A ruling from the U.S. Supreme Court overturning Roe v. Wade will affect the training doctors receive on abortion and other aspects of women's health care.
"People training in states where it's now illegal won't be able to get trained," Dr. Jennifer Kerns, an associate professor with the University of California San Francisco Department of Obstetrics and Gynecology and Reproductive Sciences and Director of the Complex Family Planning Fellowship, told KCBS Radio's Melissa Culross.
"There will be downstream effects on medical care throughout the United States," she said. "Because people often train in one state and end up practicing in another."
There's going to be a substantial dropoff in the kinds of skills that the new generation of doctors will be able to obtain.
"The ramifications of this are that physicians won't have the skills that are sometimes necessary to save someone's life," said Kerns.
Sometimes ending a pregnancy is necessary in order to save the mother's life, and these doctors won't be able to help. "There is a real fine line between abortion, miscarriage, complicated pregnancies," she said. "By making one procedure illegal, it sort of opens up the possibility of criminalizing lots of different procedures that may or may not be related to abortion."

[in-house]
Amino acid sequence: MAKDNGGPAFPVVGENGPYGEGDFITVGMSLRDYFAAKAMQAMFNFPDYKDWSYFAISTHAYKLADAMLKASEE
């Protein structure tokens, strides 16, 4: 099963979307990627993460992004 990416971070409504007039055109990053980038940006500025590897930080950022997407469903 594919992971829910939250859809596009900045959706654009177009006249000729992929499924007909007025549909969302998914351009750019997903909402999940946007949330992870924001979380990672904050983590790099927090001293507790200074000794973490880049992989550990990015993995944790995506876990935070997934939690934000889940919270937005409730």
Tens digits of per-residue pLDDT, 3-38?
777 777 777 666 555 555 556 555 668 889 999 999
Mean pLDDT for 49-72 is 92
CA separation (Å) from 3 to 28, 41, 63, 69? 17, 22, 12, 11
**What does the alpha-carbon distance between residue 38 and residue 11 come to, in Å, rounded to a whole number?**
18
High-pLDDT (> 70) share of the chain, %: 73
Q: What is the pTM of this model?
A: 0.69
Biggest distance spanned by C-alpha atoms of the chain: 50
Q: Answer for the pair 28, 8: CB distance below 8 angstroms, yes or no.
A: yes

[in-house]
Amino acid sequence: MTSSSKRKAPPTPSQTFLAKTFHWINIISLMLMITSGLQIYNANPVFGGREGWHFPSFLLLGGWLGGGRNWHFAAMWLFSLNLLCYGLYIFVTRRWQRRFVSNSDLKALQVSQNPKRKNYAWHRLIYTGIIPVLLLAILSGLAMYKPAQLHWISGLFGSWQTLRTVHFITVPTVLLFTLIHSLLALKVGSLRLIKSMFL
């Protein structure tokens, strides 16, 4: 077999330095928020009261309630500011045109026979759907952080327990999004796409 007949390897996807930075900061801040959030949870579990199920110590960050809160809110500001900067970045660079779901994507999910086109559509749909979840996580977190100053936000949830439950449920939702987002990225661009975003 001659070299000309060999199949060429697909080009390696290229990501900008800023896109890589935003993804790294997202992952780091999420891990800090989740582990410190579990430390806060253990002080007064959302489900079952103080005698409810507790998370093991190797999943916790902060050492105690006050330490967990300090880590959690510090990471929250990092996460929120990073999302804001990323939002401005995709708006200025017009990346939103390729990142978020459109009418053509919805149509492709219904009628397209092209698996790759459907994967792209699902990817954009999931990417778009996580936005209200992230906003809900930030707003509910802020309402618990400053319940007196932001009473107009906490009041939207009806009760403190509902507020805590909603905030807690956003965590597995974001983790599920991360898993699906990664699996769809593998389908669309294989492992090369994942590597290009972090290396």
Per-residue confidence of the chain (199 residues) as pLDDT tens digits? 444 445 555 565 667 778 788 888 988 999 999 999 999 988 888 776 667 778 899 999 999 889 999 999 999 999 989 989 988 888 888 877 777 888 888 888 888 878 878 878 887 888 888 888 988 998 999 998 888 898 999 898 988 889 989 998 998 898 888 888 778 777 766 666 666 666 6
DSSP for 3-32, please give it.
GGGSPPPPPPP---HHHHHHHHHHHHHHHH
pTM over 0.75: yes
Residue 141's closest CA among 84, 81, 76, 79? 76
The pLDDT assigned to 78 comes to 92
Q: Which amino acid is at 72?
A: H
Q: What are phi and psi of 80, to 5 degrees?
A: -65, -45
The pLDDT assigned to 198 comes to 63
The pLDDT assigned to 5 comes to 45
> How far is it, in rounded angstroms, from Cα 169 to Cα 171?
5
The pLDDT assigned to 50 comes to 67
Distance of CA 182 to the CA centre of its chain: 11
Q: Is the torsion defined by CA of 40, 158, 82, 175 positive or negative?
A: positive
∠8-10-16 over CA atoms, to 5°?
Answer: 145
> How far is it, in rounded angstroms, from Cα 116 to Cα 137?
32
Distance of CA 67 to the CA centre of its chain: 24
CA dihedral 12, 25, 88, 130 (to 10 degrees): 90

"Pregnancy" care is nuanced," said Kerns. "The new ruling opens the door for massive suffering."
Women suffering miscarriages will suffer because physicians and providers may now be afraid to provide them with essential care at risk of being penalized.
In cases of life-threatening bleeding or other complications, women are now vulnerable to questioning as to what’s going on.
This will have a direct effect on a profession that is already suffering a shortage of people, and will further consolidate abortion providers in large cities and on the coasts.
"Abortion will now be concentrated in the 24 or so states where at least for now, it remains legal," said Kerns.
Which will lead to longer wait times, procedures being done at later gestations, and real financial hardship for the women involved.
People in the middle of the country are going to struggle most with trying to access abortion services, said Kerns. "These are the people who are really going to be pinched," she said. "Who don’t have the financial resources, people of color, people who we already know are marginalized by the healthcare system."
People seeking to help can donate to several organizations working to make services more accessible, including Access Reproductive Justice, National Network of Abortion Funds and Keep Our Clinics Open.